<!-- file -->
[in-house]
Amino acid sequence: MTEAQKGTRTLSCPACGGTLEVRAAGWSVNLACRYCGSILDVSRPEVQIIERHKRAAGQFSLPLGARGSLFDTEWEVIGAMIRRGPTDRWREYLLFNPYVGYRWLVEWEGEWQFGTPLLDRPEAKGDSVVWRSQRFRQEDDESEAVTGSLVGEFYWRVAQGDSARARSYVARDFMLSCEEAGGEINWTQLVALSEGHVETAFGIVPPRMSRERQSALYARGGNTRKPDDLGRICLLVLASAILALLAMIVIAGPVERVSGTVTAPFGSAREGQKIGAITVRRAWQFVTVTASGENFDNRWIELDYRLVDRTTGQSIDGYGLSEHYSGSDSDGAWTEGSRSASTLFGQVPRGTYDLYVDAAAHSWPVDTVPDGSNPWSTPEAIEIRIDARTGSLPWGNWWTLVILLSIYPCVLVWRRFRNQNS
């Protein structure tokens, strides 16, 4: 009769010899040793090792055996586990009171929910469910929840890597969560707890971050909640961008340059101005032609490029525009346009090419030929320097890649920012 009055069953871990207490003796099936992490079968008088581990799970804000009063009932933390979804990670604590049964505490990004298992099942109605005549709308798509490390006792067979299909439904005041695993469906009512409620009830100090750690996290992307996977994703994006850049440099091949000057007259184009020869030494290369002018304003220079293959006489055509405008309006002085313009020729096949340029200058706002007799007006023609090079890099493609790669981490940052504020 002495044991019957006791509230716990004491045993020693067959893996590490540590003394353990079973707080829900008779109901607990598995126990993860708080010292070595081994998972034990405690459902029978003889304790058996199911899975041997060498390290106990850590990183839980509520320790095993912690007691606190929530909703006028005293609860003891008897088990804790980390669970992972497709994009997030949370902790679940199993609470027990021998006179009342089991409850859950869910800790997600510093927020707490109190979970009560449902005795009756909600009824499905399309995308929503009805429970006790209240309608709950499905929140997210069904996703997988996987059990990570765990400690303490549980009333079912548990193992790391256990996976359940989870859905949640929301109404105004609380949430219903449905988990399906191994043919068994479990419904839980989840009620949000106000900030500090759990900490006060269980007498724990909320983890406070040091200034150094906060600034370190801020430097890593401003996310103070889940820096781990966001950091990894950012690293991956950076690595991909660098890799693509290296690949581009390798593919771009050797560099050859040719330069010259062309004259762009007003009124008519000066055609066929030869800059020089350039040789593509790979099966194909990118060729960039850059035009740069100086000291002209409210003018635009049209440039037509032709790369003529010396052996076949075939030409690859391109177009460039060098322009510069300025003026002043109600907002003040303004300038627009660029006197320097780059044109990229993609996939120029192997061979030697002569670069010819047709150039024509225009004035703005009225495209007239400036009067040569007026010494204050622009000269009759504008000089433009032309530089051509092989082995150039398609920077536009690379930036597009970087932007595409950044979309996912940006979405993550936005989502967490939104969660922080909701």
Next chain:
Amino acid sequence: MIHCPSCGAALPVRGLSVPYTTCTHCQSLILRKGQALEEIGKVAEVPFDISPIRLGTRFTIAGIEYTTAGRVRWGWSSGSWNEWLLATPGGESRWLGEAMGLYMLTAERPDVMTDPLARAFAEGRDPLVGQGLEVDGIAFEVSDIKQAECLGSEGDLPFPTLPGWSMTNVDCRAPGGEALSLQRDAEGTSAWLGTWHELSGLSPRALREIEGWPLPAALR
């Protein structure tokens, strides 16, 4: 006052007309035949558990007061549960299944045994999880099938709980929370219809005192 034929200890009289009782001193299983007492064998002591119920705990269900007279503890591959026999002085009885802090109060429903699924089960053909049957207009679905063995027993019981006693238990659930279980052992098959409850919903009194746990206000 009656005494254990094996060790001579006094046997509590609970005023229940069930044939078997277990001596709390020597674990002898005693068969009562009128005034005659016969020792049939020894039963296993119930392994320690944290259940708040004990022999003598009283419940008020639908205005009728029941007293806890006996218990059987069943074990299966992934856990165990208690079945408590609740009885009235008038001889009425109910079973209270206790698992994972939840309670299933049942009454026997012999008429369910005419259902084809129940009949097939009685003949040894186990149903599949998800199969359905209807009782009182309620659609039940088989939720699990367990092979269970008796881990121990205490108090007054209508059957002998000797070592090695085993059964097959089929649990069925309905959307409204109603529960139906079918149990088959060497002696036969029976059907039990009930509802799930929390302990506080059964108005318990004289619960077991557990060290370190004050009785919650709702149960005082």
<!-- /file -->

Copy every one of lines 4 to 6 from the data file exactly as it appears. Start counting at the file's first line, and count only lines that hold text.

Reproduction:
Next chain:
Amino acid sequence: MIHCPSCGAALPVRGLSVPYTTCTHCQSLILRKGQALEEIGKVAEVPFDISPIRLGTRFTIAGIEYTTAGRVRWGWSSGSWNEWLLATPGGESRWLGEAMGLYMLTAERPDVMTDPLARAFAEGRDPLVGQGLEVDGIAFEVSDIKQAECLGSEGDLPFPTLPGWSMTNVDCRAPGGEALSLQRDAEGTSAWLGTWHELSGLSPRALREIEGWPLPAALR
């Protein structure tokens, strides 16, 4: 006052007309035949558990007061549960299944045994999880099938709980929370219809005192 034929200890009289009782001193299983007492064998002591119920705990269900007279503890591959026999002085009885802090109060429903699924089960053909049957207009679905063995027993019981006693238990659930279980052992098959409850919903009194746990206000 009656005494254990094996060790001579006094046997509590609970005023229940069930044939078997277990001596709390020597674990002898005693068969009562009128005034005659016969020792049939020894039963296993119930392994320690944290259940708040004990022999003598009283419940008020639908205005009728029941007293806890006996218990059987069943074990299966992934856990165990208690079945408590609740009885009235008038001889009425109910079973209270206790698992994972939840309670299933049942009454026997012999008429369910005419259902084809129940009949097939009685003949040894186990149903599949998800199969359905209807009782009182309620659609039940088989939720699990367990092979269970008796881990121990205490108090007054209508059957002998000797070592090695085993059964097959089929649990069925309905959307409204109603529960139906079918149990088959060497002696036969029976059907039990009930509802799930929390302990506080059964108005318990004289619960077991557990060290370190004050009785919650709702149960005082």